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Track Progress: I have said it before and will say it again.  Without a way to track the progress, you can get very discouraged – especially with weight loss.  Muscle weighs more than fat, so that scale may climb before it falls.  Have a way to track your progress toward your goal.  I like this habit tracker for my goals.  But, for weight loss goals, I find tracking with a picture to be more satisfying.  It shows the way the body changes over time rather than a scale that just reflects gravity.

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Eat Healthily: We all know we should eat healthily, but we typically do not. The words themselves just make it sound like salads and bland food or processed protein shakes for the rest of our lives.  BORING! But, healthy food is the opposite! Eating healthy just means incorporating colors into your diet.  Get away from processed foods and enjoy the great taste of vegetables and fruits.  Don’t snack on chips, snack on berries.  Don’t eat bread three meals a day.  Replace at least two of those servings with veggies.  Vegetables are so versatile you can have a different dish with a different flavor every night of the week for months. Limit the sugar and salt.  Enjoy the garden God gave us. You will be surprised how good it all is!

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Drink Water: This is probably the most simple and overlooked tip in getting a healthy habit started.  Water is so beneficial to our bodies.  It helps our bodies process every system.  It helps our skin stay brighter.  It helps us look younger.  So, instead of that second cup of coffee, drink a glass of water.  Have water before a meal, and you will eat less.  Bored with water, add some flavor.  I like to flavor mine with lemon, kiwi, mango, and other fruit flavors.  Water doesn’t have to be boring.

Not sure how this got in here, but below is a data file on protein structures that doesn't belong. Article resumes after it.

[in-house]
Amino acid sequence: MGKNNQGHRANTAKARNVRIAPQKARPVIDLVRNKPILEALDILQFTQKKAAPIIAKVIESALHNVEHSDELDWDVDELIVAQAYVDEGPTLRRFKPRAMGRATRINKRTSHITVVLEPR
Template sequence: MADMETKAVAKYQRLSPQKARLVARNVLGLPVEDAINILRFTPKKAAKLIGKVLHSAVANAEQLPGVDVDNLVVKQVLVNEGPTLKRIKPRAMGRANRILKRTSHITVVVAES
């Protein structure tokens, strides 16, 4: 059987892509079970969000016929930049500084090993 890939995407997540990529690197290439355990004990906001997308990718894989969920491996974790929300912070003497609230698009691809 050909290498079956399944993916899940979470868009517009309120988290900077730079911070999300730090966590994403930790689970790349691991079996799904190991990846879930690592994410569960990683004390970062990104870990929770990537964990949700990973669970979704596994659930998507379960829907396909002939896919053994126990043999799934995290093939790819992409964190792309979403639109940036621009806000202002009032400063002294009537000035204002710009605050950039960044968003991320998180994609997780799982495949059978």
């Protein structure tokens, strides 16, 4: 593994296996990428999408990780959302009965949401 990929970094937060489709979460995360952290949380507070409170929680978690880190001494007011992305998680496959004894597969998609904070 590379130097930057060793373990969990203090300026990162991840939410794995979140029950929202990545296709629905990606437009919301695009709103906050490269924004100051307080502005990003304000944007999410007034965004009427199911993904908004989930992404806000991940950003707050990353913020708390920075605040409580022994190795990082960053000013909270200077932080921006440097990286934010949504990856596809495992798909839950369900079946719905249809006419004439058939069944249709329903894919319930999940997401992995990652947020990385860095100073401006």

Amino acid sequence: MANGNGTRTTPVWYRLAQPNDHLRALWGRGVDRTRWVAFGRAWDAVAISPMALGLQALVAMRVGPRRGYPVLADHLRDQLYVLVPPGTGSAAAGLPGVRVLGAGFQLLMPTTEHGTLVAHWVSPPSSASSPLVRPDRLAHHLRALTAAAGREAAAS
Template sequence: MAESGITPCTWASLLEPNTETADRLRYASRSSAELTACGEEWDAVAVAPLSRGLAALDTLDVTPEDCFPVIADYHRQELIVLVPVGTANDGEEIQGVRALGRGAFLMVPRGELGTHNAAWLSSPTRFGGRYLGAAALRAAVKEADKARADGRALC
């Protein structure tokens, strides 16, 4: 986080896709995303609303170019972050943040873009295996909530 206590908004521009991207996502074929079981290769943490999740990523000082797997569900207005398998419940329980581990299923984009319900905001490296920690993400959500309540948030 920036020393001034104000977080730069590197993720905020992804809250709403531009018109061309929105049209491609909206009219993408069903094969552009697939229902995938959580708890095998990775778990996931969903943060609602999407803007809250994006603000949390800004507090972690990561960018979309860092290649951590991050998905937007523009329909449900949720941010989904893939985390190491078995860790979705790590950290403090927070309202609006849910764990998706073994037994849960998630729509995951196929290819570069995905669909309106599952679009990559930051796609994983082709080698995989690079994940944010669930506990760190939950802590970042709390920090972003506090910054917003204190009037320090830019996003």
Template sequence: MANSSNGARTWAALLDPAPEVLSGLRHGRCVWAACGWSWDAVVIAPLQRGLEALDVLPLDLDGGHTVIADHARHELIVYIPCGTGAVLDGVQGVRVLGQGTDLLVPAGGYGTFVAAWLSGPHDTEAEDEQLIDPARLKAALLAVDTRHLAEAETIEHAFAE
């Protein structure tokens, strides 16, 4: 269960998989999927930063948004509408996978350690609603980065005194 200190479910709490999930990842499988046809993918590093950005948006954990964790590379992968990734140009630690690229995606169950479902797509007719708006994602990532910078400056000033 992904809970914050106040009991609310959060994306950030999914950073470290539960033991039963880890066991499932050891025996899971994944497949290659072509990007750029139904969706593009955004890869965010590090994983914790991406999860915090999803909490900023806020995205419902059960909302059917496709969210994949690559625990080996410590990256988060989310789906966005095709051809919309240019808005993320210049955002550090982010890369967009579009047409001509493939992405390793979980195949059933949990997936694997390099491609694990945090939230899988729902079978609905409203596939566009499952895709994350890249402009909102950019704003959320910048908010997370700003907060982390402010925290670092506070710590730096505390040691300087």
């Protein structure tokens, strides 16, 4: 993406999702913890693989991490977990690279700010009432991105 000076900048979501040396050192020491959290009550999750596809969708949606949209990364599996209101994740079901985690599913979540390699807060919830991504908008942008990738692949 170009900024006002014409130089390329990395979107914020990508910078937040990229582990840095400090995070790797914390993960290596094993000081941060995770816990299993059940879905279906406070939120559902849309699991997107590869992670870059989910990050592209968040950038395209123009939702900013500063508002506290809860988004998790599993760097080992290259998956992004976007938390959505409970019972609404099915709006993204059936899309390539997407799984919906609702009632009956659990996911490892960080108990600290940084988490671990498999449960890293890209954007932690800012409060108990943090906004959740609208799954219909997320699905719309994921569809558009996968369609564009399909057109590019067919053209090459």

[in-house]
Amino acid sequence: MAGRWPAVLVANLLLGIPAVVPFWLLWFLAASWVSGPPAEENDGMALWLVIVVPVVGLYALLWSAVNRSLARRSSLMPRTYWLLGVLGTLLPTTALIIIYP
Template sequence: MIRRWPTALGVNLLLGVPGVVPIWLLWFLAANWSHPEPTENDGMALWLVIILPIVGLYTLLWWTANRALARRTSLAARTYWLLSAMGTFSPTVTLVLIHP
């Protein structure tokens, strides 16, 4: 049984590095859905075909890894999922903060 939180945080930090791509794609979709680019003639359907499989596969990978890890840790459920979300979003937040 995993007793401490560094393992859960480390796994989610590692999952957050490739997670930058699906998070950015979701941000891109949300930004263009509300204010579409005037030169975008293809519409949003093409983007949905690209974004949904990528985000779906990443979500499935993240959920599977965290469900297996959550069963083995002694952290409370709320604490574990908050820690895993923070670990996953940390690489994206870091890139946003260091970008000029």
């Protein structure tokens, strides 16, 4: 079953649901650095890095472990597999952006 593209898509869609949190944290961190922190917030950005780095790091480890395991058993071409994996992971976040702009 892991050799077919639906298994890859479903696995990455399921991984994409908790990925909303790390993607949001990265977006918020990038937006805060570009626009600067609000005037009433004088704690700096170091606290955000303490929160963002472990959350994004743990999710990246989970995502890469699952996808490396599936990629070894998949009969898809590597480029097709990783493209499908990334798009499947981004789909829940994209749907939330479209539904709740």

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Stretch: This one is often forgotten when people talk about working out.  It is also often forgotten in most classes at the gym.  If there is no stretch in the workout class, do one on your own.  Research shows time and again, stretching is good for you. The Mayo Clinic provided stretching:

  • Improve your performance in physical activities
  • Decrease your risk of injuries
  • Help your joints move through their full range of motion
  • Enable your muscles to work most effectively

Research also shows stretching can relieve post-exercise aches and pains (we all hate day two of a workout routine), improve posture, and manage stress better.  So take the time to stretch daily.  This is a great way to help relax at the end of the day as well.

New Year’s Resolutions are great ways to get us towards goals.  But they are only as good as the effort put in.  If your goal is like half of America to live a healthier happier lifestyle, then try these six steps to ensure success.

Why Dads Matter

“It is the primary task of every society to teach men how to father.”

Margret Meade, Anthropologist

Women are superheroes.  Women have, and continue to, change the world.  Women have been changing the world since the dawn of time.  Women’s suffrage, flying across the Atlantic, serving in politics on cabinets, supreme courts, scientific revelations, and Nobel prizes and incredible sports achievements are just some of the incredible feats women have contributed to bettering the world.